Policy is failing to recognise or meet the needs of working mums during the COVID-19...read more
Children, huh? They are the perfect antidote to any attempt to get above your station or even to pat yourself on the back.
The other day I went to a meeting and I got a thank-you note, saying how much my contribution was valued. I read it out to daughter one.
“It’s just a template, mum,” she said. “I bet they send it to everyone.” She had been feeling a bit grouchy last week 1) because she had to get up early for work experience and 2) because she didn’t get my old phone when I upgrade-downgraded to a newer, but cheaper phone. Instead her younger sister got the phone and she didn’t speak for a day due to the injustice of the situation.
Apparently, I had promised it to her and she needs it for iTunes or something. I told her that there was no use harping on about the evils of materialism while allowing herself to be in thrall to Apple for life. She needed to explore other options and liberate herself.
Anyway, I told both her and daughter two that they might get it because it meant they both had to work hard to gain my favour.
When she refused to speak for at least 24 hours after I made my final decision, I told her that she needed to get a grip, that her sister was just as much entitled to the phone as she was [more so because daughter one is usually first in line for new stuff] and that she needed to stop treating her like a second-class citizen.
No response. I think she was semi-plugged into her phone in any event. However, around two days later when she finally spoke she remarked, and I quote: “I believe in equality and justice. From now on I will treat everyone like a second class citizen. Starting with you.”
I’m not sure if daughter one has enjoyed work experience or not. I asked her what was the main thing she had learnt. “That I never want to work in an office,” she said.
“I am going to put all my efforts into my band from now on in.” I’m not sure if this is a positive or negative outcome. She attended an away day during the work experience and was asked to comment on what she had learnt about the time.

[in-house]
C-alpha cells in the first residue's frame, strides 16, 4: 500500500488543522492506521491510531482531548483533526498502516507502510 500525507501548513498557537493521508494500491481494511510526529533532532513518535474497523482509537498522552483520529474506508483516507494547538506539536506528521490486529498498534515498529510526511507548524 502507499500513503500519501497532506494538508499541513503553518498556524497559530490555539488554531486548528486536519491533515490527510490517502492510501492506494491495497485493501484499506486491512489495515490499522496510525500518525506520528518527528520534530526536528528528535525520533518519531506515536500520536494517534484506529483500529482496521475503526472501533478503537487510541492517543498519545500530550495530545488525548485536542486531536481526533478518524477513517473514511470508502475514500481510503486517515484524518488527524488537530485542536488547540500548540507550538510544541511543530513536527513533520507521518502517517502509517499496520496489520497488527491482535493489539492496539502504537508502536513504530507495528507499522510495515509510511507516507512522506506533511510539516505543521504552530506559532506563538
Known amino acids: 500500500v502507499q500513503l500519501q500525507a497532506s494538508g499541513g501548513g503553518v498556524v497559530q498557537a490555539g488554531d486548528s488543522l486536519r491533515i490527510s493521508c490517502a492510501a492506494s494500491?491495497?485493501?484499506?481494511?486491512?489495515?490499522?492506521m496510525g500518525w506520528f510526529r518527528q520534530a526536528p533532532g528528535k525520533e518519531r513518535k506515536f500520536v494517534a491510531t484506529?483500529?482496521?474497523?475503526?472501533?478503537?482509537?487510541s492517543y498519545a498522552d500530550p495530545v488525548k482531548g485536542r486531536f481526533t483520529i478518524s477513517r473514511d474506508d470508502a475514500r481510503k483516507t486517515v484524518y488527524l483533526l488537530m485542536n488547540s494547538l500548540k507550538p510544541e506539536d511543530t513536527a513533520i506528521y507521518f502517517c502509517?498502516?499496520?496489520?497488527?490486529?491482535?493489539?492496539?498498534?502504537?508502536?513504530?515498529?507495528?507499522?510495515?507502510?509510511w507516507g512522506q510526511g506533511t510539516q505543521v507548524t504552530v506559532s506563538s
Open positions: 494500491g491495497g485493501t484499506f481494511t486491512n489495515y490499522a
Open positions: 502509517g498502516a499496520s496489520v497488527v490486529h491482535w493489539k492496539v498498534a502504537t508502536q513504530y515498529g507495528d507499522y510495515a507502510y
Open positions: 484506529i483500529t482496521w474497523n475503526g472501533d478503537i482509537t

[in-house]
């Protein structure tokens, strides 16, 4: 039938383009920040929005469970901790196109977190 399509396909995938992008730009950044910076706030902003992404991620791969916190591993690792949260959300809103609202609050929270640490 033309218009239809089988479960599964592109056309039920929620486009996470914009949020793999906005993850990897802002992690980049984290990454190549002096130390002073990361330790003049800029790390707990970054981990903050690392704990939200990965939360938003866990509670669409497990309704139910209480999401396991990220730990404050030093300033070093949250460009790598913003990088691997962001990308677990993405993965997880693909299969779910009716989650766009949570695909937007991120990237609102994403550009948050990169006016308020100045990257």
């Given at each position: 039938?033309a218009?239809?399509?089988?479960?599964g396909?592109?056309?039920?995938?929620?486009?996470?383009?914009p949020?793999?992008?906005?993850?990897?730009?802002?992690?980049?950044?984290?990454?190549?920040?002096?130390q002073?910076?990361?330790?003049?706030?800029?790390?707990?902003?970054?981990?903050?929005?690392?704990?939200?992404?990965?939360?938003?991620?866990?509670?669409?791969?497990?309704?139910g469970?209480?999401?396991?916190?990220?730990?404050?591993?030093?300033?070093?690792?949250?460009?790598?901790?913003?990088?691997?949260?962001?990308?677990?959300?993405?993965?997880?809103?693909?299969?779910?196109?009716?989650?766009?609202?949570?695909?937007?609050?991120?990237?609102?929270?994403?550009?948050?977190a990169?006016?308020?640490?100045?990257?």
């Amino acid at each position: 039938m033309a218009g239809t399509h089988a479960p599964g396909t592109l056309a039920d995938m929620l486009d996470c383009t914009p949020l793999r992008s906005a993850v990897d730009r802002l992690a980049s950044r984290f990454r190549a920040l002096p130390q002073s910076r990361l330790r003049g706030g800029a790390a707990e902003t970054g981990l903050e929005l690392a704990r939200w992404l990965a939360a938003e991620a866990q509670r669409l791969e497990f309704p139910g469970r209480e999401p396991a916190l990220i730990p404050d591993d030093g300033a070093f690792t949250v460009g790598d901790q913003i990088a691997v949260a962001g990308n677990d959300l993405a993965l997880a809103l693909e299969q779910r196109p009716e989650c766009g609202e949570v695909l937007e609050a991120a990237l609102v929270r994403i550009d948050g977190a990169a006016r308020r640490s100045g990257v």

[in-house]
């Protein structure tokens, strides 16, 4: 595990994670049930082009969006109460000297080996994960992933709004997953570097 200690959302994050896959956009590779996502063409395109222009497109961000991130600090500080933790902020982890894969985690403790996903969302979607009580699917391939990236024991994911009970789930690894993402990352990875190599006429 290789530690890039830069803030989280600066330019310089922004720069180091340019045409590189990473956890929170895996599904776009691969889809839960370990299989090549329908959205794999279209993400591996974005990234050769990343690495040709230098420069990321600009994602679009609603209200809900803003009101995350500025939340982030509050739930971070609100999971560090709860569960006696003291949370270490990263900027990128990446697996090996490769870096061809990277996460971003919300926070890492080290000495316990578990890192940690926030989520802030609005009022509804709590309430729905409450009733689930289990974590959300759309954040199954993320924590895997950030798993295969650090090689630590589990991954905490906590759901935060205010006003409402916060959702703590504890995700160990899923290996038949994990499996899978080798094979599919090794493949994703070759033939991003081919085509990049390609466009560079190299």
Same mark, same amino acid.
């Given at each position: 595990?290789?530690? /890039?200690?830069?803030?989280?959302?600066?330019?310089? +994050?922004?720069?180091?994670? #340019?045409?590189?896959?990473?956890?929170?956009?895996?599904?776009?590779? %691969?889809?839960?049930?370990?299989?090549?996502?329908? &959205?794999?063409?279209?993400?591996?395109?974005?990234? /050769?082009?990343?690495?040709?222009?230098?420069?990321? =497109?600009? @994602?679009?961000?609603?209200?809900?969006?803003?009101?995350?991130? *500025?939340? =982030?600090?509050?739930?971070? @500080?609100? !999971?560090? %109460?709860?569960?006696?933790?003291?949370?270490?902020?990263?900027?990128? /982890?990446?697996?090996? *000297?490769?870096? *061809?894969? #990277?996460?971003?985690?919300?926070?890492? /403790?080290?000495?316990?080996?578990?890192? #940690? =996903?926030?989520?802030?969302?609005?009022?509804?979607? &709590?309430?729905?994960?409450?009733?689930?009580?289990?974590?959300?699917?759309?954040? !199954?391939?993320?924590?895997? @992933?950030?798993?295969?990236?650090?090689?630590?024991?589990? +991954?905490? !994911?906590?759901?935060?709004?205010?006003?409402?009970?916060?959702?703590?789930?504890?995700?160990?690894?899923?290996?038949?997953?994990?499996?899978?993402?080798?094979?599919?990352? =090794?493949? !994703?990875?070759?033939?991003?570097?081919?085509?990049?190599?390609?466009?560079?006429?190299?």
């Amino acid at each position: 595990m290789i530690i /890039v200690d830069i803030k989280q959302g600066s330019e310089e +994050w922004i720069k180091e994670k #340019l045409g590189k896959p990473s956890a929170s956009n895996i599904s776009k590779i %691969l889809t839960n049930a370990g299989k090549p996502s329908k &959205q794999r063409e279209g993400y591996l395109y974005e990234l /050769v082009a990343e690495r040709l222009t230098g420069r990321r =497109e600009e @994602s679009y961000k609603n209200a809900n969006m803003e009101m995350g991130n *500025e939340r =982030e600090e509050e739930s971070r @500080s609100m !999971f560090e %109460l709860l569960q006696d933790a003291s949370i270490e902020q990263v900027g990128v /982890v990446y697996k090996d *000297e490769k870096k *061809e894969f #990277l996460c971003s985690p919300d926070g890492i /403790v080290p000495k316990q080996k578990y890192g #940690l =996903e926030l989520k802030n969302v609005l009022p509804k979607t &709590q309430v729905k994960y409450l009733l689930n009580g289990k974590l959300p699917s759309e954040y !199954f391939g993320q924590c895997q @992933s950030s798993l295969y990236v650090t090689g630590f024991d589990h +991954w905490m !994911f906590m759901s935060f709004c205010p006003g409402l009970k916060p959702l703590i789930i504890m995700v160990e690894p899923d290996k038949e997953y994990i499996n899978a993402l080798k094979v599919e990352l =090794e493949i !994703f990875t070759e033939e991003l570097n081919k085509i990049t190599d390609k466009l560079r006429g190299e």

“I told them that I had learnt that if I had to work in an office I would ensure it was open plan,” she said. “I was trying to be positive,” she added when I raised an eyebrow.
In fact, I think she will find she learnt quite a lot and she got to do some interesting things, like designing a poster and going to a talk on women leaders in Africa. And she managed to create some mega-spreadsheet thing which is something everyone over 35, including me, is very impressed by.
Plus when I was in the office with her she helped save a picture for me because I couldn’t figure out how to do it. she also got to see round various museums and walked past Loveday, who apparently single-handedly won University Challenge for Cambridge. “It’s Loveday,” she whispered to me as if it was Harry Styles himself.
In any event, we have survived the two weeks of work experience which has involved negotiating the early morning traffic to the station twice daily and a rather early start on Thursday for the away day when daughter one had to catch the 7am train.
It didn’t help that I had stayed up till around 1am on Monday and Tuesday trying to catch up on work because I had taken time out to be inspiring, that daughter three was up late one night worrying that I would forget apple and raspberry juice in the Tesco order and that daughter two woke me up an hour early on Friday having set her alarm – on my old phone – wrongly.
But we got there in the end and now it’s all plain – fingers crossed – sailing through sports days, fetes and exams until the holidays.